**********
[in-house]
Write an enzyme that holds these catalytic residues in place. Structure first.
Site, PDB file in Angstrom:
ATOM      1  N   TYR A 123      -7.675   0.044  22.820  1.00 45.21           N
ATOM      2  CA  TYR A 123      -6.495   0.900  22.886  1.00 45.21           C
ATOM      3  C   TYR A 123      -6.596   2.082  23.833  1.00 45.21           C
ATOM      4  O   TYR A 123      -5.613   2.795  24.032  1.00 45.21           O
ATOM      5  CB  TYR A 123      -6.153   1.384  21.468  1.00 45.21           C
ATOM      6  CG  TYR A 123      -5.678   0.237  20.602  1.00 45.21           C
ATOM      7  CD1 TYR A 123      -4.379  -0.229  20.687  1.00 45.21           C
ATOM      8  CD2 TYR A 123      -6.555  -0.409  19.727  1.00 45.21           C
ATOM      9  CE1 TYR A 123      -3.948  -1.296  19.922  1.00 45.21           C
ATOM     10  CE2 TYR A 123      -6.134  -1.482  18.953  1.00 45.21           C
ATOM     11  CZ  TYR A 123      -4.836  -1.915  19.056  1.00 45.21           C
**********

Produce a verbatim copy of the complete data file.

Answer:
[in-house]
Write an enzyme that holds these catalytic residues in place. Structure first.
Site, PDB file in Angstrom:
ATOM      1  N   TYR A 123      -7.675   0.044  22.820  1.00 45.21           N
ATOM      2  CA  TYR A 123      -6.495   0.900  22.886  1.00 45.21           C
ATOM      3  C   TYR A 123      -6.596   2.082  23.833  1.00 45.21           C
ATOM      4  O   TYR A 123      -5.613   2.795  24.032  1.00 45.21           O
ATOM      5  CB  TYR A 123      -6.153   1.384  21.468  1.00 45.21           C
ATOM      6  CG  TYR A 123      -5.678   0.237  20.602  1.00 45.21           C
ATOM      7  CD1 TYR A 123      -4.379  -0.229  20.687  1.00 45.21           C
ATOM      8  CD2 TYR A 123      -6.555  -0.409  19.727  1.00 45.21           C
ATOM      9  CE1 TYR A 123      -3.948  -1.296  19.922  1.00 45.21           C
ATOM     10  CE2 TYR A 123      -6.134  -1.482  18.953  1.00 45.21           C
ATOM     11  CZ  TYR A 123      -4.836  -1.915  19.056  1.00 45.21           C